A Five Century Protest

Tuesday, October 31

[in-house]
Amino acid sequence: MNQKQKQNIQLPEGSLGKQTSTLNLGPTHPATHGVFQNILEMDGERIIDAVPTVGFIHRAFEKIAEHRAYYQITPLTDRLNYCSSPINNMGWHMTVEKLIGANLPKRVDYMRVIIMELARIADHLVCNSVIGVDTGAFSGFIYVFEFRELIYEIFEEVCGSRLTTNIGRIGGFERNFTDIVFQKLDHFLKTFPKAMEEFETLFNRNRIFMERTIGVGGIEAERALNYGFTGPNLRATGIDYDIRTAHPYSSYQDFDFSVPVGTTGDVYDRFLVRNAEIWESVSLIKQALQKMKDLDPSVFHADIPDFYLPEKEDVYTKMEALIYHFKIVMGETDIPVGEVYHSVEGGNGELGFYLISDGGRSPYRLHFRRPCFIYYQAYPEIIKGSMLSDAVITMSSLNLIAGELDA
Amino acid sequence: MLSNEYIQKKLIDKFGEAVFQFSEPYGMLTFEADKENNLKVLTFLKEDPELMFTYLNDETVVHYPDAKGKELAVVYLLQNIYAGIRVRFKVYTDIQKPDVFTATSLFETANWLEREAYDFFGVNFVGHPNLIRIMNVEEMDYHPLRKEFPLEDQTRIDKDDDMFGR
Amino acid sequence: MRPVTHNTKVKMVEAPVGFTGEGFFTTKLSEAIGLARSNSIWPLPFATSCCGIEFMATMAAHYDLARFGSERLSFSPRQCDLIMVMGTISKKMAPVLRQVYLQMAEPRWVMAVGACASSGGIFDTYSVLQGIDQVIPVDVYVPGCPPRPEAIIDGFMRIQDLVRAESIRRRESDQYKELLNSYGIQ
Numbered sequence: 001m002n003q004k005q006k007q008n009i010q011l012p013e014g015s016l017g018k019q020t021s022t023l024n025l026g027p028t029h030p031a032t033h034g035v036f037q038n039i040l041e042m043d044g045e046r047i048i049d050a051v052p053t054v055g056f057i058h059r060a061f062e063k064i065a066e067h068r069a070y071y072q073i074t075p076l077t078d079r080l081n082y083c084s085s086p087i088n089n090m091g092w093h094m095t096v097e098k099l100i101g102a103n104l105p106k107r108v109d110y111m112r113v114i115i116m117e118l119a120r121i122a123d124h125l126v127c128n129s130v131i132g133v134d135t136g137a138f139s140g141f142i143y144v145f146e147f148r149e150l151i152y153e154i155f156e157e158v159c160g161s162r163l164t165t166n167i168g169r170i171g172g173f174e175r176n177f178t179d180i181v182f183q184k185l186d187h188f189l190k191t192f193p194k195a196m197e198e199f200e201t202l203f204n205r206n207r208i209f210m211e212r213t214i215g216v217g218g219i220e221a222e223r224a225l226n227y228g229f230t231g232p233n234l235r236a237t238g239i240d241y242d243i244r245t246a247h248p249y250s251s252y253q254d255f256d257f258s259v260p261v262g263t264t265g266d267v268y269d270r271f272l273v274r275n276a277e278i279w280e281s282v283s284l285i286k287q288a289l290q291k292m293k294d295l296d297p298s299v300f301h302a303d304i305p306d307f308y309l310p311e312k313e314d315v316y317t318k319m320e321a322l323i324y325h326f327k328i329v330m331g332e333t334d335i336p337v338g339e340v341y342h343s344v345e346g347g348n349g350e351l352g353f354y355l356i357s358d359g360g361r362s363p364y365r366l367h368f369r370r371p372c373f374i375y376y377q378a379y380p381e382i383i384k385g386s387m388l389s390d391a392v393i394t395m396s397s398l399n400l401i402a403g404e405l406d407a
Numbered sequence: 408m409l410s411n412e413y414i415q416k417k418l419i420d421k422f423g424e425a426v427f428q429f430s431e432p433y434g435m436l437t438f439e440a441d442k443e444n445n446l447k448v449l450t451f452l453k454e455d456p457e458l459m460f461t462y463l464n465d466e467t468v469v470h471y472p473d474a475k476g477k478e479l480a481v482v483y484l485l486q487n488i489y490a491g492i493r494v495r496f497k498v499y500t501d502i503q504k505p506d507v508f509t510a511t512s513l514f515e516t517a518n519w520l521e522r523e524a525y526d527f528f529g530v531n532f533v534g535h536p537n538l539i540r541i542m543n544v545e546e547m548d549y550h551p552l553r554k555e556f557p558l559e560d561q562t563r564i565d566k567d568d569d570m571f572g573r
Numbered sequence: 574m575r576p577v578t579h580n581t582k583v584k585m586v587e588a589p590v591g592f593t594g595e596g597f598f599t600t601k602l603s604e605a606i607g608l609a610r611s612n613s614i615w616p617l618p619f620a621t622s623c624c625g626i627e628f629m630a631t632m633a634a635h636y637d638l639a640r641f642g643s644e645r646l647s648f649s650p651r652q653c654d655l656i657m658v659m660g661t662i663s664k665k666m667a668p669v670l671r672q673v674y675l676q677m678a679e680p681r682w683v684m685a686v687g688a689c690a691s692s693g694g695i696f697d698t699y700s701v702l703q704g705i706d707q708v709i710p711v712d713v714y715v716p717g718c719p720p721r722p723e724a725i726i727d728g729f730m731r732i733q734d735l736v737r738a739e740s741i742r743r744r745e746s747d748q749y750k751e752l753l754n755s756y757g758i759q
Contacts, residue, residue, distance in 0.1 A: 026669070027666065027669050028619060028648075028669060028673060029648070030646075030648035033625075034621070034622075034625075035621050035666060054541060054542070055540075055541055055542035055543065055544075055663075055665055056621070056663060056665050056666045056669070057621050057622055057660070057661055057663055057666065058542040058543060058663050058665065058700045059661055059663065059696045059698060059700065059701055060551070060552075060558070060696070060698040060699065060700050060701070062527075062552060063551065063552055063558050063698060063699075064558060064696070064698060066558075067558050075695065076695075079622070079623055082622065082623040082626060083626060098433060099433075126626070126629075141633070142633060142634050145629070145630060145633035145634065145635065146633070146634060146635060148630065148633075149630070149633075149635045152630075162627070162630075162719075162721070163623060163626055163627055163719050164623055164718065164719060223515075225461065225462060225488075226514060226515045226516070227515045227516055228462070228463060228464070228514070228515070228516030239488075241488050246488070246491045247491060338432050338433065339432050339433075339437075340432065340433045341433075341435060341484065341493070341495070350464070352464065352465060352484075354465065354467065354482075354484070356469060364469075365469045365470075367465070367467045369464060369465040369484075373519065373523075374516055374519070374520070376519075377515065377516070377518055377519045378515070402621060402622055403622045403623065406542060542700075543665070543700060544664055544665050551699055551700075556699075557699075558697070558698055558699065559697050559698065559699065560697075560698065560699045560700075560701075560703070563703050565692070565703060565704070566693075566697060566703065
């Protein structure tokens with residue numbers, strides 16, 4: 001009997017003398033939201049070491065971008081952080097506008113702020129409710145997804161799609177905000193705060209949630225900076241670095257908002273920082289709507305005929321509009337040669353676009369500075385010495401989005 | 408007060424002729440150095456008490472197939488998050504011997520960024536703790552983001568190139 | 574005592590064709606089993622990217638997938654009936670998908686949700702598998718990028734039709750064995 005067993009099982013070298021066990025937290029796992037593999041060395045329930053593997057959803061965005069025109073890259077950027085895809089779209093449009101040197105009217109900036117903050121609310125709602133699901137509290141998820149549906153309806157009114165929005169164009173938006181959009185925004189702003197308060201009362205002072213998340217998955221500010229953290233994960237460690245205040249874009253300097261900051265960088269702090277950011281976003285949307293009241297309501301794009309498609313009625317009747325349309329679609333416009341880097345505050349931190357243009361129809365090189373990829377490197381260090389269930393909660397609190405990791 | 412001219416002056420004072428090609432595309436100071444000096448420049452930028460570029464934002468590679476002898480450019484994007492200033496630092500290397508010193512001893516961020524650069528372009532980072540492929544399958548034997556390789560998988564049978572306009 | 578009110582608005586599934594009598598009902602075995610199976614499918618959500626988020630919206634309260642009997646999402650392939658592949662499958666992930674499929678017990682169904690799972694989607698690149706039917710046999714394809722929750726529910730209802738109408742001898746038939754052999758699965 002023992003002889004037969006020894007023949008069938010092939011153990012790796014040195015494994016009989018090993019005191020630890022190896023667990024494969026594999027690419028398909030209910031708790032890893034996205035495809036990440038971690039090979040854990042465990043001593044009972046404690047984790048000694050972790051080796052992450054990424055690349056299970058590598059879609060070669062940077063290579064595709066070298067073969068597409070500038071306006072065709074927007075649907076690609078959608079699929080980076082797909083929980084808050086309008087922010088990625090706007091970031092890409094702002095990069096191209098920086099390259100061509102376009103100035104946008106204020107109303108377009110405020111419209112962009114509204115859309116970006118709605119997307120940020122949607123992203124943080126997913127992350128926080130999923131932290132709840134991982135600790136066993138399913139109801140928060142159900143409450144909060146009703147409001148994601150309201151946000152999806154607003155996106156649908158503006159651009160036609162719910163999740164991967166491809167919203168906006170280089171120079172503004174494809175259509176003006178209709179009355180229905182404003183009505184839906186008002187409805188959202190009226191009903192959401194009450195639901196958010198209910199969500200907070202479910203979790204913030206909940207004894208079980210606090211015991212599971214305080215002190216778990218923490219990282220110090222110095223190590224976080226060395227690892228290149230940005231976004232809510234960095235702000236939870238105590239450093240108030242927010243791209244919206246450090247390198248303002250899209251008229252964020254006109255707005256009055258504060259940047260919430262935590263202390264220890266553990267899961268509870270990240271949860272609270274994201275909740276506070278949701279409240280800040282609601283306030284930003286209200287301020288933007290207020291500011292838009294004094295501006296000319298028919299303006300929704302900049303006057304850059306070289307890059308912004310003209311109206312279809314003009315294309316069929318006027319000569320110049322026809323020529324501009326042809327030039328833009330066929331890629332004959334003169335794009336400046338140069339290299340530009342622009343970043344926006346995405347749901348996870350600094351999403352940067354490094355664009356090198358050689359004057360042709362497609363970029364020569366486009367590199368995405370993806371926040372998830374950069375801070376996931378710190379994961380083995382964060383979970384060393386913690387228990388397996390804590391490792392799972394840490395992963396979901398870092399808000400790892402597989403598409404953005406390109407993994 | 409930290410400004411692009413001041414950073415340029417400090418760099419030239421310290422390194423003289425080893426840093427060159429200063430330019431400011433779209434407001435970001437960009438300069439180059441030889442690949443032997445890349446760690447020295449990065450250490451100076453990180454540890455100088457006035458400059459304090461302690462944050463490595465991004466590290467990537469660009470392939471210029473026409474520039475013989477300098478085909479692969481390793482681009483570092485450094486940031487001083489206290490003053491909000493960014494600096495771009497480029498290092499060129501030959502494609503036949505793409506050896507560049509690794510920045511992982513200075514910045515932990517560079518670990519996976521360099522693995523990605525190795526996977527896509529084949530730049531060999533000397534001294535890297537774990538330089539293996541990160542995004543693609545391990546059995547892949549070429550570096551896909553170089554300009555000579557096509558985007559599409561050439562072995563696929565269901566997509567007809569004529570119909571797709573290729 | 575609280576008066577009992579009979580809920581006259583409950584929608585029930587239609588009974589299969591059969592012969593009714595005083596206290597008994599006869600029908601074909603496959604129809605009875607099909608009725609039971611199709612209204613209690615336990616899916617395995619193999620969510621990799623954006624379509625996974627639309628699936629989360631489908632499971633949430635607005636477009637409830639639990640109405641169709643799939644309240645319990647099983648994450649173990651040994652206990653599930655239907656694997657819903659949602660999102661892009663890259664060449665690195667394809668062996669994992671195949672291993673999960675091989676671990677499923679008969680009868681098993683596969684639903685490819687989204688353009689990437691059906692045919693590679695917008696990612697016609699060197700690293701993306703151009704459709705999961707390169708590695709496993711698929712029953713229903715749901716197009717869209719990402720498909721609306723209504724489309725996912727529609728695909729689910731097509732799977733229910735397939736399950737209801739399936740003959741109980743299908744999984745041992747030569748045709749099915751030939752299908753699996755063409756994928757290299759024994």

Today is a day to remember.  Five centuries ago today Martin Luther posted his 95 theses on the door of the Wittenberg University Church.  We tend to think this as a radical and unexpected event.  In a sense it was, but perhaps more radical than unexpected.  The movement for reform was already underway.  As early as 1000 A.D. the papacy was beginning to crumble.  Most of the western world was staunchly Roman Catholic, but there were groups here and there that were determined to return to Bible truth.  One of them was the Waldenses in France.  They became a significant force for reform in about 1000 A.D. and thrived for more than a century, finally becoming so numerous that the Roman Catholic Church began a violent persecution that wiped out thousands of these faithful Christians.  They continued to thrive despite the persecution—or maybe because of it.  At about the same time the Albigenses suffered the same treatment at the hands of the Church.  By the 14th century the RCC was well aware of practices and doctrines that violated the Scripture.  The power of the Church was being challenged.  Pope Innocent III initiated a reform, but was probably more interested in maintaining ecclesiastical power than by any altruistic concerns.  In 1213 he called a huge number of clerics to Rome to make changes that would “purify the Church.”  This Lateran IV Council finally convened in 1215.  Delegates included 71 archbishops, 412 lesser bishops, 900 abbots and priors, and several representatives of monarchs.  They produced 70 decrees or “canons” covering Church doctrine and practices.  The net result of the Council was to confirm Roman Catholic doctrine; there was virtually no significant reform.  But the reform movement outside the Church continued.  During the 14th and 15th centuries a number of men took bold stands for a return to Biblical truth.  Among these heroes of the faith are John Wycliffe, priest, Oxford professor, and Bible translator (14th century England); Jan Hus, priest and university proctor, (14th century Czech); and Girolamo Savonarola, Italian 15th century Dominican friar.  Wycliffe died of a stroke; his body was later dug up and burned.  Jan Hus died at the stake.  Savonarola was hanged and his body then burned.  This period of five centuries—1000-1500—was obviously orchestrated by God.  If you have any doubt about that consider this:  Johann Gutenberg came out with the printing press in 1448, just 69 years before Martin Luther posted those 95 theses.  By 1517 the Bible was in the hands of a multitude of the “common people” and Martin Luther’s bold move became inevitable.  The Protestant Reformation was a five or six century event that sought to reverse a 15 century decline.  We owe a huge debt to Martin Luther and all those other men who sacrificed their lives for the sake of the truth and to God who motivated them and empowered them.  Our world is bad and getting worse, but it would be much worse if not for those faithful men.

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